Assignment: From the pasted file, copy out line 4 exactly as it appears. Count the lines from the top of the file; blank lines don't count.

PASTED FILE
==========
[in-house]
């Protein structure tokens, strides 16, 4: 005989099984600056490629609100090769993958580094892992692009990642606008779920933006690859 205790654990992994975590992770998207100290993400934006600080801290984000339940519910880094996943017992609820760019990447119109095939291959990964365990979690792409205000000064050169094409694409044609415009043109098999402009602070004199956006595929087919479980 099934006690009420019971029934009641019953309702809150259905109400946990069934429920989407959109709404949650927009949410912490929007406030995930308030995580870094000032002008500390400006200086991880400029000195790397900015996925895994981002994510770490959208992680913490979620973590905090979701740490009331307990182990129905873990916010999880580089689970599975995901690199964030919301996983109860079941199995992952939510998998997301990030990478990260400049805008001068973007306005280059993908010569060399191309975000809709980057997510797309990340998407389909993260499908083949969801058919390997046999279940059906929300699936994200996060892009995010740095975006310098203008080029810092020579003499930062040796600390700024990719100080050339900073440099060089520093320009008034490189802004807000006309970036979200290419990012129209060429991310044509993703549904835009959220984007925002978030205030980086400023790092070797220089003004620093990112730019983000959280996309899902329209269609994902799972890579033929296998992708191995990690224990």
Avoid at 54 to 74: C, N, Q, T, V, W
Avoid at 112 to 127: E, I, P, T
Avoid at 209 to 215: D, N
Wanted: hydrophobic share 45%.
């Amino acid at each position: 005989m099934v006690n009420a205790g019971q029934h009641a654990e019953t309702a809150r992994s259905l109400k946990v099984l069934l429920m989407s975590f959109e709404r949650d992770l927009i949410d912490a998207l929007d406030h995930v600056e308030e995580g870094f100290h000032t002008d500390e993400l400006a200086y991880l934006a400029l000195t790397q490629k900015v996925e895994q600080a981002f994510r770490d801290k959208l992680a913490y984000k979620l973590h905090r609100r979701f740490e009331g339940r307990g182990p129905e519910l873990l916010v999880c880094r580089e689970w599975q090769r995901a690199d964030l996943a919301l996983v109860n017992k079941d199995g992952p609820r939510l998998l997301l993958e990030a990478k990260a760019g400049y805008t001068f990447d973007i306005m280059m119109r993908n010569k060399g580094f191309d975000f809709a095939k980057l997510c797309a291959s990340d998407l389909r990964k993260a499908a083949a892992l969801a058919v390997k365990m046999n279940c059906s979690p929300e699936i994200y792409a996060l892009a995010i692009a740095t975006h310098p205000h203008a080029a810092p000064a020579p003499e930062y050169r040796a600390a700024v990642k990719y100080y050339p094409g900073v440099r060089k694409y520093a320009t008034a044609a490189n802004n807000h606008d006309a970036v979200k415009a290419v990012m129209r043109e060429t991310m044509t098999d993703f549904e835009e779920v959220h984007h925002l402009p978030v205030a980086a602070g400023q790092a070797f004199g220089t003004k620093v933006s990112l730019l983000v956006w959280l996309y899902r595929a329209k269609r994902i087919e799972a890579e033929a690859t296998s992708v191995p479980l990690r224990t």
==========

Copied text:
Avoid at 112 to 127: E, I, P, T